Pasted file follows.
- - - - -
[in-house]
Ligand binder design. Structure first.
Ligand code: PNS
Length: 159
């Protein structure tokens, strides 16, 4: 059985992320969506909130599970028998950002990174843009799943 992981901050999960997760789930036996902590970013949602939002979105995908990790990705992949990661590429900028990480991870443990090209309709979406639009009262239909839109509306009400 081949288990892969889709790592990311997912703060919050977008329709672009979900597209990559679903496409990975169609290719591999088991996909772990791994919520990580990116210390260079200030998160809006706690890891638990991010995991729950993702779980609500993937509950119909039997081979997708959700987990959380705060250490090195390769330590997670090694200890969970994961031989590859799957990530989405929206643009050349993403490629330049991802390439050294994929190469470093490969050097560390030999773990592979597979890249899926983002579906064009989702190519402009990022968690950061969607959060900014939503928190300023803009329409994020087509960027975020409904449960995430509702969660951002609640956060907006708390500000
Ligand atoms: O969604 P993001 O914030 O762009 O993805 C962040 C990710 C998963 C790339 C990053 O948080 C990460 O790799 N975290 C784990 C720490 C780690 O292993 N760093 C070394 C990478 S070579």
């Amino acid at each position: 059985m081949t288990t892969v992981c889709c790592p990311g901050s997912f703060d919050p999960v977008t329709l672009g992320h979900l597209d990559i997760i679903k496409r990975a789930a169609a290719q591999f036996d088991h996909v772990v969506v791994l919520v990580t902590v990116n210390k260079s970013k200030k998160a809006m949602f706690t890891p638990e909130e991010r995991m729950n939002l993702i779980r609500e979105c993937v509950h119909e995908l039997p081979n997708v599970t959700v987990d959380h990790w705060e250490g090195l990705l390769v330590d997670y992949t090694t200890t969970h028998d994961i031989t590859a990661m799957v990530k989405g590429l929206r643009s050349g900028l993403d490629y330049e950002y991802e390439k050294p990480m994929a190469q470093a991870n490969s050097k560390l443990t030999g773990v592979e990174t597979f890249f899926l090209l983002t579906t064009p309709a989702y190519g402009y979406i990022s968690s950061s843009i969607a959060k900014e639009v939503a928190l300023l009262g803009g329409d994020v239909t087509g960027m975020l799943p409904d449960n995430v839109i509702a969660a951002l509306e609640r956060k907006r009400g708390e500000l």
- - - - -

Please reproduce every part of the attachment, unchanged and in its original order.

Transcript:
[in-house]
Ligand binder design. Structure first.
Ligand code: PNS
Length: 159
């Protein structure tokens, strides 16, 4: 059985992320969506909130599970028998950002990174843009799943 992981901050999960997760789930036996902590970013949602939002979105995908990790990705992949990661590429900028990480991870443990090209309709979406639009009262239909839109509306009400 081949288990892969889709790592990311997912703060919050977008329709672009979900597209990559679903496409990975169609290719591999088991996909772990791994919520990580990116210390260079200030998160809006706690890891638990991010995991729950993702779980609500993937509950119909039997081979997708959700987990959380705060250490090195390769330590997670090694200890969970994961031989590859799957990530989405929206643009050349993403490629330049991802390439050294994929190469470093490969050097560390030999773990592979597979890249899926983002579906064009989702190519402009990022968690950061969607959060900014939503928190300023803009329409994020087509960027975020409904449960995430509702969660951002609640956060907006708390500000
Ligand atoms: O969604 P993001 O914030 O762009 O993805 C962040 C990710 C998963 C790339 C990053 O948080 C990460 O790799 N975290 C784990 C720490 C780690 O292993 N760093 C070394 C990478 S070579």
């Amino acid at each position: 059985m081949t288990t892969v992981c889709c790592p990311g901050s997912f703060d919050p999960v977008t329709l672009g992320h979900l597209d990559i997760i679903k496409r990975a789930a169609a290719q591999f036996d088991h996909v772990v969506v791994l919520v990580t902590v990116n210390k260079s970013k200030k998160a809006m949602f706690t890891p638990e909130e991010r995991m729950n939002l993702i779980r609500e979105c993937v509950h119909e995908l039997p081979n997708v599970t959700v987990d959380h990790w705060e250490g090195l990705l390769v330590d997670y992949t090694t200890t969970h028998d994961i031989t590859a990661m799957v990530k989405g590429l929206r643009s050349g900028l993403d490629y330049e950002y991802e390439k050294p990480m994929a190469q470093a991870n490969s050097k560390l443990t030999g773990v592979e990174t597979f890249f899926l090209l983002t579906t064009p309709a989702y190519g402009y979406i990022s968690s950061s843009i969607a959060k900014e639009v939503a928190l300023l009262g803009g329409d994020v239909t087509g960027m975020l799943p409904d449960n995430v839109i509702a969660a951002l509306e609640r956060k907006r009400g708390e500000l």